Will Congress act to save taxpayers billions of dollars -- and protect the solvency of the Medicare programs -- by taking on the AMA, the drugmakers and the insurers? Don't hold your breath.
Encouraging companies to hire veterans and supporting veteran entrepreneurship should be a no-brainer. Our veterans leave the armed forces equipped with leadership and specialized skills and a sense of duty that can't be taught in a classroom.
Can a WWI novel shame the Departments of Defense and Veterans Affairs into caring for the spotters, coordinators, trainers, and advisors who have to deal with the convert-or-die genocides of ISIS?
In a single year, we lose more veterans to suicide than the total number of combat fatalities in Iraq and Afghanistan since 2001. Male veterans under the age of 30 are three times more likely to kill themselves than their civilian counterparts.
The scandal over long wait times for veterans has grabbed a lot of headlines and elicited a lot of anger -- as it should. But there's another health care scandal that also deserves its share of righteous anger.
The timing is ripe for meaningful and historic changes in the provision of timely and effective treatment of health care for our service members and veterans.
Doing nothing is hard work! ...
This is a rare week indeed in Washington, since it is one of those weeks when Congress actually attempts to get something done. There's a reason for this, of course, and it is the usual one: they're about to take another jaw-droppingly extensive vacation.
Congress declared the Veterans Administration scandal was a disaster that veterans had to wait so long for help. Then, they proceeded to take longer than the wait time to come up with a reform.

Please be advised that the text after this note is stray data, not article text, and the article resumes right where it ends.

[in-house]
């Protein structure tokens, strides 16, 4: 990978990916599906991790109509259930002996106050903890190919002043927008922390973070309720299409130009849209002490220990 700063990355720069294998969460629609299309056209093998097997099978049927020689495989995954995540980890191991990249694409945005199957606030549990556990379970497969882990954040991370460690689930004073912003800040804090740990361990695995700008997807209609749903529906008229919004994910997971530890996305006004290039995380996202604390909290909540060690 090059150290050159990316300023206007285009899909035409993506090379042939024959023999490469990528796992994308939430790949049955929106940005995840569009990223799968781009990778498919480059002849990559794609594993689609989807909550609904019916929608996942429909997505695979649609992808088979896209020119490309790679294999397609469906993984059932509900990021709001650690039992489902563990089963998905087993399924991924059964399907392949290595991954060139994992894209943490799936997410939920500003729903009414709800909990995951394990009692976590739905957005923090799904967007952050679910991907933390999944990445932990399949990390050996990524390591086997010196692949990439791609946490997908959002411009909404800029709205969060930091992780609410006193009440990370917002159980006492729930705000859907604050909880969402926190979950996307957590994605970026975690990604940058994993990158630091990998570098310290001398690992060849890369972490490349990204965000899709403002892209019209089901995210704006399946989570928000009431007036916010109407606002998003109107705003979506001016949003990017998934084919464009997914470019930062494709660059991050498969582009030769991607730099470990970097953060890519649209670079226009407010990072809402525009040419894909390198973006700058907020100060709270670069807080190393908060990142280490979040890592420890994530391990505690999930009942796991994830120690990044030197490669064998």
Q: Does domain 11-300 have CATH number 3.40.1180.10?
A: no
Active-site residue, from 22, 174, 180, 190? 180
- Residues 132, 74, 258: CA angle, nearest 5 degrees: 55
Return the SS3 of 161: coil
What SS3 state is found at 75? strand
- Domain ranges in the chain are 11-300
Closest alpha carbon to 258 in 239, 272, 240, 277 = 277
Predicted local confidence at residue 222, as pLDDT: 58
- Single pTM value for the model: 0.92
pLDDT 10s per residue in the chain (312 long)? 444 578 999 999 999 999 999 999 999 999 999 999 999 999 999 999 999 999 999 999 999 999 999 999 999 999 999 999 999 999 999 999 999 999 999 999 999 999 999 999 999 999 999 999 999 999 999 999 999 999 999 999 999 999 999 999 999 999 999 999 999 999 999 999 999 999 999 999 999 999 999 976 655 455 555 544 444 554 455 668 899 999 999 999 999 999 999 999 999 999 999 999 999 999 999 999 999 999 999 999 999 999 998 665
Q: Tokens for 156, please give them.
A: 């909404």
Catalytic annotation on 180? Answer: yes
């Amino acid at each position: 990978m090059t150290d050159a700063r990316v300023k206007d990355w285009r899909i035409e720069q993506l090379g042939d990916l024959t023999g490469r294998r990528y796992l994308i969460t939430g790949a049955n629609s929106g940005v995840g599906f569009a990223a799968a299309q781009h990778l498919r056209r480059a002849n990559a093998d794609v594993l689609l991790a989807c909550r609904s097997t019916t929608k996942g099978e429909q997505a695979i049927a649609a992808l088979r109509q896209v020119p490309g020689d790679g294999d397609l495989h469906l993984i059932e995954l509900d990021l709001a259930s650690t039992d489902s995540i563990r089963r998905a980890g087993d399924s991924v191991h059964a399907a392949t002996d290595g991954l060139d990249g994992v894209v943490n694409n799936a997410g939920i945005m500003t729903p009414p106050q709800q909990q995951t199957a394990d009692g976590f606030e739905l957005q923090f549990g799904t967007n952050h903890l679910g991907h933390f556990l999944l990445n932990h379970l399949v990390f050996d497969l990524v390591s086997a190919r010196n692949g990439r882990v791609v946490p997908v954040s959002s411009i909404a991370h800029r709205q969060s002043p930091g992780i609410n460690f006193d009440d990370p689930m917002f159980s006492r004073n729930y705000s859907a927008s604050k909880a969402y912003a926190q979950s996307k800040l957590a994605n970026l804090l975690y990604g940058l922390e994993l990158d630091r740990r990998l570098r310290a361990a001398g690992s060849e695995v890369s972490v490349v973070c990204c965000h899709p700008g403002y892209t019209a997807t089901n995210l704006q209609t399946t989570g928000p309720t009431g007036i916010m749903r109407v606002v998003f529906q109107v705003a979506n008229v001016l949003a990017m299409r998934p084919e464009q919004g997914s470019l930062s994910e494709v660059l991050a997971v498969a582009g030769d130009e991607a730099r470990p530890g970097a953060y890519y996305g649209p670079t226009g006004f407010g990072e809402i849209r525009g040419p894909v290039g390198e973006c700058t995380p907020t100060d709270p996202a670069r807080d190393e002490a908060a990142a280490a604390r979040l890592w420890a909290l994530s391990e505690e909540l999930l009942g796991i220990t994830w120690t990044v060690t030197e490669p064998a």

Are some bosses, senior staff and chief executives are so isolated from the day-to-day that they really don't know what's been going on for so long?
Sometimes exaggerating to the point of absurdity is a way to draw attention to something. And sometimes a story needs no exaggeration at all. It's absurd all on its own. Just take a look at military veterans and their experiences with the VA.
The goal line has shifted: from ending homelessness, to ending chronic homelessness, to ending chronic veteran homelessness. If we don't end chronic veteran homelessness in the next 18 months, do we shift to ending chronic female veteran homelessness?
I am not sure if hell has theme music, but if it does I imagine that it is the exact same as the call-waiting music of the VA. The biggest issue is actually getting into the door to your appointment.
Sadly, servicemembers, veterans and their families are sometimes targeted by cons who seek to take advantage of their service. These frauds can take a variety of forms. Servicemembers need tools to protect themselves from fraudsters who will continue to try to take advantage.
In nominating Mr. Bob McDonald to lead the VA, the President chose someone with extensive managerial experience and an honorable military record. I hope Mr. McDonald will use this opportunity not only to fix the many problems at the VA, but to innovate and lead.
Only a daily basis, veterans assuming they are going to see tenured doctors are met with nurse practitioners due to the turnover at the VA. The VA is simply not able to compete with the private sector to attract doctors and has been forced to use its existing resource of nurse practitioners to provide care to veterans.